Partying, misuse could cause Hall of Music to close

Derek Thurber

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Credit: Marin Axtell

Discarded alcohol bottles, cigarette butts and vomit-stained floors have found their way into the Hall of Music practice rooms on several occasions over the course of the past few weeks, leading the music department and Whitman College security to consider limiting student access to the building.

“There have been a handful of incidents where someone has been smoking cigarettes and pot in a couple of practice rooms, as well as drinking alcohol in the room; leaving cigarette butts and liquor bottles around for someone else to clean up; leaving remnants of food in/around the pianos; leaving vomit for others to clean up,” Susan Pickett, Catherine Chism Professor of Music said in an e-mail.

There have been four separate incidents reported to Whitman Security, the first on Jan. 5 and the other three on Jan. 26, 27 and 28. In all but one of these cases, the incidents were reported after empty alcohol containers or smoking remnants were found in the practice rooms the next morning by a janitor. The incident reported on Jan. 27 was more serious, involving not only an even larger number of alcohol containers and smoking remnants in several practice rooms, but also the discovery of vomit on the floor of another practice room.

“After the major [Jan. 27] incident we had a short discussion about what to do if this continues,” Associate Director of Security Craig McKinnon said.

Security decided to wait and see if the people involved would decide to stop on their own, but realized that if the incidents kept occurring other actions might have to be taken.

Whitman Security has already increased their night time patrols of the music building and has started locking the doors at 7 p.m. instead of 9 p.m. However, if these incidents continue despite these increased security measures, the music department will be forced to limit access to the music building.

“If this keeps happening we will have to limit the hours of the music building to protect our expensive equipment,” Pickett said.

“When things like this happen they limit access to the facility, which would be bad because there are many students who want to just go in there to play pianos,”   McKinnon added. “That is one of the things that is great about this campus is giving access to its facilities and if we start curbing that then it is like any other school.”

Senior music history major Ilona Davis has already started to worry about the implications of this potential building closure on students.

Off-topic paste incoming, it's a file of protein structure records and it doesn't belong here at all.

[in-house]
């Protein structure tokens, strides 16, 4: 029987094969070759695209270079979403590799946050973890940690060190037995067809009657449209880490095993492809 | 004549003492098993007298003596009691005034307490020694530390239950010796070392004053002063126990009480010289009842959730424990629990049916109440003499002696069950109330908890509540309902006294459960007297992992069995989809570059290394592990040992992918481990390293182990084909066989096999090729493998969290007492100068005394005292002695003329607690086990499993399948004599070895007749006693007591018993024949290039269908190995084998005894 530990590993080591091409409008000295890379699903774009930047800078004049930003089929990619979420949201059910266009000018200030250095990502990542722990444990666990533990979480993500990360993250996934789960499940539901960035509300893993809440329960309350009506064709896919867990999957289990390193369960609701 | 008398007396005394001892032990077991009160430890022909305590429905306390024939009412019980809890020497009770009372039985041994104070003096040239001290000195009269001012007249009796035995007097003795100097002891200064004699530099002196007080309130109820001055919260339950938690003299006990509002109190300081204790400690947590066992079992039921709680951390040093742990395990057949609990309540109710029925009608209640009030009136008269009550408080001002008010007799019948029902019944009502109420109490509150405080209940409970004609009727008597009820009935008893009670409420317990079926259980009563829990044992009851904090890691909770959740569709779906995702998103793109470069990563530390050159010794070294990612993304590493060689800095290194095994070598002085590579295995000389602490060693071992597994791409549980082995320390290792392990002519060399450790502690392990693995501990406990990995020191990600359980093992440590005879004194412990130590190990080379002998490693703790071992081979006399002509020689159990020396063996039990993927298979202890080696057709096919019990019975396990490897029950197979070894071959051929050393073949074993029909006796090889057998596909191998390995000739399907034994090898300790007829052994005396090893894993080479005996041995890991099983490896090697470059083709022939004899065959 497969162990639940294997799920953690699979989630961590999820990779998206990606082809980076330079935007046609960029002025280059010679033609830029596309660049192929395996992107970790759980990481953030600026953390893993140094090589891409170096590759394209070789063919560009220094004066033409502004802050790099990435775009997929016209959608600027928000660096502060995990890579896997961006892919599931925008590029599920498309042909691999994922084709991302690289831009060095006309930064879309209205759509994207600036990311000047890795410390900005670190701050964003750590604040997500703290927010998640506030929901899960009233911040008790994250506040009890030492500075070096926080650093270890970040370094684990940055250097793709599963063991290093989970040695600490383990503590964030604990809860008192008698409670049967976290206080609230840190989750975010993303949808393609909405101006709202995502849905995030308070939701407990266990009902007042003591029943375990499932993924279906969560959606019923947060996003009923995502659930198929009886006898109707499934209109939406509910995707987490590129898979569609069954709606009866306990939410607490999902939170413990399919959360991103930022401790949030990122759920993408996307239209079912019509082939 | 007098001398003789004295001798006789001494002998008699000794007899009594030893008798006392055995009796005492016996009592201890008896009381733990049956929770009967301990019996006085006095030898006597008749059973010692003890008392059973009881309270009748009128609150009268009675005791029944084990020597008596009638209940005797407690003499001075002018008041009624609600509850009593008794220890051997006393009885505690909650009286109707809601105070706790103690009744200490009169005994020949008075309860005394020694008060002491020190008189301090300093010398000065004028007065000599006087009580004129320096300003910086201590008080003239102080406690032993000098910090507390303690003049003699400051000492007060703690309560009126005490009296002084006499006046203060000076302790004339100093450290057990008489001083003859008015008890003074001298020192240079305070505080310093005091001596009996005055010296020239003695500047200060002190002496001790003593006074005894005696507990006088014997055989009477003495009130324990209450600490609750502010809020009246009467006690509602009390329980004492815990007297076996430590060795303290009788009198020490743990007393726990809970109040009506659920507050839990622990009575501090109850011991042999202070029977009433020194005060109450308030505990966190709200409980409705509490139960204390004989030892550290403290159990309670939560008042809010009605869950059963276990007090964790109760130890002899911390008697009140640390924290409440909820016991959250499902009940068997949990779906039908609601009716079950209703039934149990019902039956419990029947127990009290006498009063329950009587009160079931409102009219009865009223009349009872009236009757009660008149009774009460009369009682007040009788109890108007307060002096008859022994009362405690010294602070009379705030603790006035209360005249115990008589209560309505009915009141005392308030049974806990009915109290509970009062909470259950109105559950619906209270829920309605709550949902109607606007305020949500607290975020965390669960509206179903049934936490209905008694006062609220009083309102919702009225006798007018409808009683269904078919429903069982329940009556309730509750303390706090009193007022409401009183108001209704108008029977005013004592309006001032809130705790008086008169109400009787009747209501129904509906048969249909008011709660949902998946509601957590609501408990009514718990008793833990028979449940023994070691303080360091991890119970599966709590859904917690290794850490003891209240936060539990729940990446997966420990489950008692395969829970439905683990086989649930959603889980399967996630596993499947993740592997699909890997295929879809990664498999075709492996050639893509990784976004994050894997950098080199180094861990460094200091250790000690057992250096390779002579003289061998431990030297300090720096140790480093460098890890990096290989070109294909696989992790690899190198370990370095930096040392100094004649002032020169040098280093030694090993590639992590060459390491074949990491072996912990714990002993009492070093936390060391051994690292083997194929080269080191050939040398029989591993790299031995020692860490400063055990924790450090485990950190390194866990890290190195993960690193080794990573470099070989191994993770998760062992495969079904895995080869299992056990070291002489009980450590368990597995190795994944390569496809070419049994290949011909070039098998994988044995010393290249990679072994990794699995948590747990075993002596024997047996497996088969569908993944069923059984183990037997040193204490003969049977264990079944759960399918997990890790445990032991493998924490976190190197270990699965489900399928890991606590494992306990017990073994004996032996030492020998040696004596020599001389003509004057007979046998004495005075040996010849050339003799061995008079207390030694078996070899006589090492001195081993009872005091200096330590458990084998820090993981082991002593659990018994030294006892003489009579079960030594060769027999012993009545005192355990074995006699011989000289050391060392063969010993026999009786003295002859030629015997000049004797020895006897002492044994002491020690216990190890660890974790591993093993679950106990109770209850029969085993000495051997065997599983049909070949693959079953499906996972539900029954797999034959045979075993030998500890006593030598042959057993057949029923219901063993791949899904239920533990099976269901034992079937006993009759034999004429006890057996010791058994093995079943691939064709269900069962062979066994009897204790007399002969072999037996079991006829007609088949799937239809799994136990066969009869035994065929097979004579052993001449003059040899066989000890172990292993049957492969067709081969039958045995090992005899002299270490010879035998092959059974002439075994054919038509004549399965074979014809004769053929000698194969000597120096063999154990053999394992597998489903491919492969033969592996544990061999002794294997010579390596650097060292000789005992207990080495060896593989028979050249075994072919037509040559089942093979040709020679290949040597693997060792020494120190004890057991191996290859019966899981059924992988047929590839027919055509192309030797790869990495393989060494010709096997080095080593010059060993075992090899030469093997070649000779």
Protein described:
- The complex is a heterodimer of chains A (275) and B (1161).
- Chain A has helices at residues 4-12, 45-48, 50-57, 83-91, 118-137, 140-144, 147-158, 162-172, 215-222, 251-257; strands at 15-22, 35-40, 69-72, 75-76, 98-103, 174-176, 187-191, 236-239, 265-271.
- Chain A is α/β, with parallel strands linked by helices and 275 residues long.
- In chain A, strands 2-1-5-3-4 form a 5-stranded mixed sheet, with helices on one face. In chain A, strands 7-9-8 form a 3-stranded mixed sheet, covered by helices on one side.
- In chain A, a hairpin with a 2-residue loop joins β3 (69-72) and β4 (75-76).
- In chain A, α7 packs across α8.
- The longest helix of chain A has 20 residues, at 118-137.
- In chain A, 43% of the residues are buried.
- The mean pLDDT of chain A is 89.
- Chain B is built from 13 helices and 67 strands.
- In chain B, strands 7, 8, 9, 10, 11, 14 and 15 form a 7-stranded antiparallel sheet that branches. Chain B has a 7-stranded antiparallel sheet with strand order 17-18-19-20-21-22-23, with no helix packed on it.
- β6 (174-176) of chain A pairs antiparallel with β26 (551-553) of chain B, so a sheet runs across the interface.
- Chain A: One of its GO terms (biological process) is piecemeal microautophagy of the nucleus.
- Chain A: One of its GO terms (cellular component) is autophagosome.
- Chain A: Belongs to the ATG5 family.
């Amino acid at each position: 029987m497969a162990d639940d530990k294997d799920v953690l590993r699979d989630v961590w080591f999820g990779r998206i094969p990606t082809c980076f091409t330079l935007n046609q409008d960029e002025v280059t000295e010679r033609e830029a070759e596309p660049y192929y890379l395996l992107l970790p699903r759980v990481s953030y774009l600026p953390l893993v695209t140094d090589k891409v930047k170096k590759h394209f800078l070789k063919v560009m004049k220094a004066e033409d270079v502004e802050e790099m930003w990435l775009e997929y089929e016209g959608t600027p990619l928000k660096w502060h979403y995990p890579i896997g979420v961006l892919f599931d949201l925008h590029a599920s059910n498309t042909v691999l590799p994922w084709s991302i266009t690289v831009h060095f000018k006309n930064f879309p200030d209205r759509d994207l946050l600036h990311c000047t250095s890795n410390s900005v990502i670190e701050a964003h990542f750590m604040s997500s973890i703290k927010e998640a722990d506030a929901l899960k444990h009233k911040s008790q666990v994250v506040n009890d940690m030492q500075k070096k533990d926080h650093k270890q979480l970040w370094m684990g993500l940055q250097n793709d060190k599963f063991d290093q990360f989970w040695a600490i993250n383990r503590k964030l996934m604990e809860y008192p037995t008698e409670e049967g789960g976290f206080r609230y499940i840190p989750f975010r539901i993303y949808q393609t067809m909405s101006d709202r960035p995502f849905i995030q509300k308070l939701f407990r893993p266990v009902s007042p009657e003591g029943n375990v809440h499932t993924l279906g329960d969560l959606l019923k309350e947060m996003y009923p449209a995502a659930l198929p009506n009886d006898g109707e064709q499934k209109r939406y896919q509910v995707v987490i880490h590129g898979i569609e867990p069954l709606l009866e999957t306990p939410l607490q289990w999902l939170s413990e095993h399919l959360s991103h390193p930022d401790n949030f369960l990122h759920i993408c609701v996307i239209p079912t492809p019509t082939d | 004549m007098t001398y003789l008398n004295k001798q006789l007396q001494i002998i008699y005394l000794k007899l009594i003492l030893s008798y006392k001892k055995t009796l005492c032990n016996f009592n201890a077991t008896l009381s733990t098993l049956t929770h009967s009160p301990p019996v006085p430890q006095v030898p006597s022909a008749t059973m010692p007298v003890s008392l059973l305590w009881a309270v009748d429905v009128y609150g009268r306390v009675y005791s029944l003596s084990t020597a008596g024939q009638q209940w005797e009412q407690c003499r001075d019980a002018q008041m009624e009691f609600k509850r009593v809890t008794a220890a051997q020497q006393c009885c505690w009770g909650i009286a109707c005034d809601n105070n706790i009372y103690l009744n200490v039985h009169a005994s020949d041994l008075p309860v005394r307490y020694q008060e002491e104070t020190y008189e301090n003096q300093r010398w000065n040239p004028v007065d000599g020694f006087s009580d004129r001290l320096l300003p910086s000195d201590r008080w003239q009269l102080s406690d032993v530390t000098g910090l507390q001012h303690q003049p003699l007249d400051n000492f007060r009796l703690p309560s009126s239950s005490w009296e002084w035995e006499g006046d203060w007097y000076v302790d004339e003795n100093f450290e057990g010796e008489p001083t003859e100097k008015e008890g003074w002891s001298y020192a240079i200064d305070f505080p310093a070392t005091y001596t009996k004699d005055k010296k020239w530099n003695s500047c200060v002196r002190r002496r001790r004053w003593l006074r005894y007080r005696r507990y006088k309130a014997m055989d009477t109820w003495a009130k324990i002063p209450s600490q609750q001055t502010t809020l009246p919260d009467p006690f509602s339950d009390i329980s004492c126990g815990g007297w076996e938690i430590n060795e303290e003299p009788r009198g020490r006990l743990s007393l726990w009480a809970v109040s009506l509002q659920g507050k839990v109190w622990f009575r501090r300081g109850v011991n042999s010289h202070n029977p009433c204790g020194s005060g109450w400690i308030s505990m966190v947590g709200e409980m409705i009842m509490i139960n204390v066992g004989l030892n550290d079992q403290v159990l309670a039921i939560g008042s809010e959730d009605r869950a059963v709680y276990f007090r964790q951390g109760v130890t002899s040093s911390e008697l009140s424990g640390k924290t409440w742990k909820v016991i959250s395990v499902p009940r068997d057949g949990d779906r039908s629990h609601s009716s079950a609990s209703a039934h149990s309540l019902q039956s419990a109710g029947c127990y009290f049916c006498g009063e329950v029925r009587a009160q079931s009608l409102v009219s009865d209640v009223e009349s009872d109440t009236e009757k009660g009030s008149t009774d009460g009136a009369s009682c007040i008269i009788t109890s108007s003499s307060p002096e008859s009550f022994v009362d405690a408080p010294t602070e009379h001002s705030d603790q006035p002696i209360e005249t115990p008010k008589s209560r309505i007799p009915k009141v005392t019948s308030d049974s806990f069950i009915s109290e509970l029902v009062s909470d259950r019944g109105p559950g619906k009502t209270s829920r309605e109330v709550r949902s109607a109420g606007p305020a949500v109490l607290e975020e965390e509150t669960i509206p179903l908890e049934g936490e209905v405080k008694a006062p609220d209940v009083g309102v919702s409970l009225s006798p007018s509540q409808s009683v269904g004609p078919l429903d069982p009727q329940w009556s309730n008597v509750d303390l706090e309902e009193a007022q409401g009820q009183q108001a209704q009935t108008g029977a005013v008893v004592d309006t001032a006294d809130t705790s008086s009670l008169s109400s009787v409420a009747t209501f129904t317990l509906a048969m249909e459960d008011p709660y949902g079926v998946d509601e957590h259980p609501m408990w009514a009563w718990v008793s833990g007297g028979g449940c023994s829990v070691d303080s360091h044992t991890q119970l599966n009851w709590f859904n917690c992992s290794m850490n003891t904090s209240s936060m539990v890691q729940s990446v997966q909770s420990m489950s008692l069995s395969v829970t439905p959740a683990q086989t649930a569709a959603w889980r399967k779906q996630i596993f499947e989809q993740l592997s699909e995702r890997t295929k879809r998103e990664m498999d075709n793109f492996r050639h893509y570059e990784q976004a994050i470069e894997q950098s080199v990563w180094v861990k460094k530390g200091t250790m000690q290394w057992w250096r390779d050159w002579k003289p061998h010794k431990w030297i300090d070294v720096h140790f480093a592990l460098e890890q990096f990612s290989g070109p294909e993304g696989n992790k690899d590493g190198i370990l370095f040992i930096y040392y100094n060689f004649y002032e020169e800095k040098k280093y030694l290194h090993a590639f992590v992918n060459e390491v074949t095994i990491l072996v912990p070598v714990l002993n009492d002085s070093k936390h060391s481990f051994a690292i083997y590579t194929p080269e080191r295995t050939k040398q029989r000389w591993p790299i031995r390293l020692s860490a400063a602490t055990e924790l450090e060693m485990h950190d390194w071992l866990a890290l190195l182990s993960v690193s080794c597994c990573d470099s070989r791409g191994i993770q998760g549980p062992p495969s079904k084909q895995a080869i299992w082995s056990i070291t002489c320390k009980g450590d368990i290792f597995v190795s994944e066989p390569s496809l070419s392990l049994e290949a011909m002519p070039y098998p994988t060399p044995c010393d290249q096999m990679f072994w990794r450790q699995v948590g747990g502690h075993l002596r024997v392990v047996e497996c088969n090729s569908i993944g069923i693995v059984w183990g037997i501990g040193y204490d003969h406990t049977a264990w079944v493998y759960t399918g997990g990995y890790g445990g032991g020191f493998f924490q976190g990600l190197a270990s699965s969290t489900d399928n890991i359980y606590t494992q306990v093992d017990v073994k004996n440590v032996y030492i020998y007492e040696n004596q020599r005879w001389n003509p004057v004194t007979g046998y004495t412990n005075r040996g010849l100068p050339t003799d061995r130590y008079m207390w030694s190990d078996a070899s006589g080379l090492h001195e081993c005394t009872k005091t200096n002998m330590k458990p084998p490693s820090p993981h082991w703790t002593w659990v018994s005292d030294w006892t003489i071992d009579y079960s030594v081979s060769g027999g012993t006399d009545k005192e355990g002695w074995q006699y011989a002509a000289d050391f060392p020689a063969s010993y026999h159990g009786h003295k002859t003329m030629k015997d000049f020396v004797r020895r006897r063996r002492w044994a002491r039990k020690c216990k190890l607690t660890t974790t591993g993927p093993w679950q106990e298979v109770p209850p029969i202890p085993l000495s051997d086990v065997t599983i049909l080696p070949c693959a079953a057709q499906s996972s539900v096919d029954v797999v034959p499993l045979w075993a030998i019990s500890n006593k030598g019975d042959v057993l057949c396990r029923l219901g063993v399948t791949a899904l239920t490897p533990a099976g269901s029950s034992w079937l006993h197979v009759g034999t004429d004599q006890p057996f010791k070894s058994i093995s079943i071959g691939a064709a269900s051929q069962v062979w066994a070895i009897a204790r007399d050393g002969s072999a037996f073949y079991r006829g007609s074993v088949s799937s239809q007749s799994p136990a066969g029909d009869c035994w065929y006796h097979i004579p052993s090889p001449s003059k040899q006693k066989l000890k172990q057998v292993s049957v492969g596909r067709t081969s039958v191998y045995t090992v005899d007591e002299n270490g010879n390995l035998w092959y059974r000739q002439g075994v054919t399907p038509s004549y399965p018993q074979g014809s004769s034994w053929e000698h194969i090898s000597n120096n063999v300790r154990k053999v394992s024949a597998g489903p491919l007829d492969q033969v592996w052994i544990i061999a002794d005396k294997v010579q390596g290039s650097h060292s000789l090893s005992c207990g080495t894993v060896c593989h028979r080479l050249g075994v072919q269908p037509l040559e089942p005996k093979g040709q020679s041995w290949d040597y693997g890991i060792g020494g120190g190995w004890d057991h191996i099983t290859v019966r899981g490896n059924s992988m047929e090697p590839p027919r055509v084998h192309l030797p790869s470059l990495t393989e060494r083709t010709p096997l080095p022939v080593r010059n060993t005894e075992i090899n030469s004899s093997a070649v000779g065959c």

“It would be really terrible [if the music building was closed] because there are a lot of people who take applied music, so to restrict the time practice rooms are available could make it much more difficult for everyone to find time to practice,” she said. “I understand why they would close it, but I really hope they don’t have to.”

The effects of limiting access to practice rooms would extend beyond applied music students and music majors to some student groups who also rely on the building’s practice space. Many of the A Capella groups use the music building late at night for their practice sessions. Schwa, for example, practices many weeknights in the music building from 10-11:15 p.m.

So far, there is no evidence as to who could be responsible.

“We have no indication of if it’s students or not,” McKinnon said. “We have to assume it is students because they are gaining access after the building is locked and we are seeing the card swipes used after the building is locked, but we can’t really point fingers because it is hard to tell.”

No matter who is responsible, these incidents could have criminal implications for those involved.

“The smoking is a state violation. There could be fines imposed. If we brought police in they could site [the people involved] for open containers if they are under 21, but also for smoking in a public building,” McKinnon said.

Whitman Security doesn’t like to bring in the police unless someone is being really belligerent.

For Whitman College, these incidents could have even larger implications.

“If the Department of Health gets wind and they say we are not doing enough, they could fine the school up to 100 dollars a day until the incidents stop,” McKinnon said.

Ultimately, according to McKinnon, everyone just hopes that the people responsible will realize the effect of their actions and stop on their own.

“It’s an education process here,” he said. “We need people to feel responsible for what they are doing so that they will want to stop on their own.”

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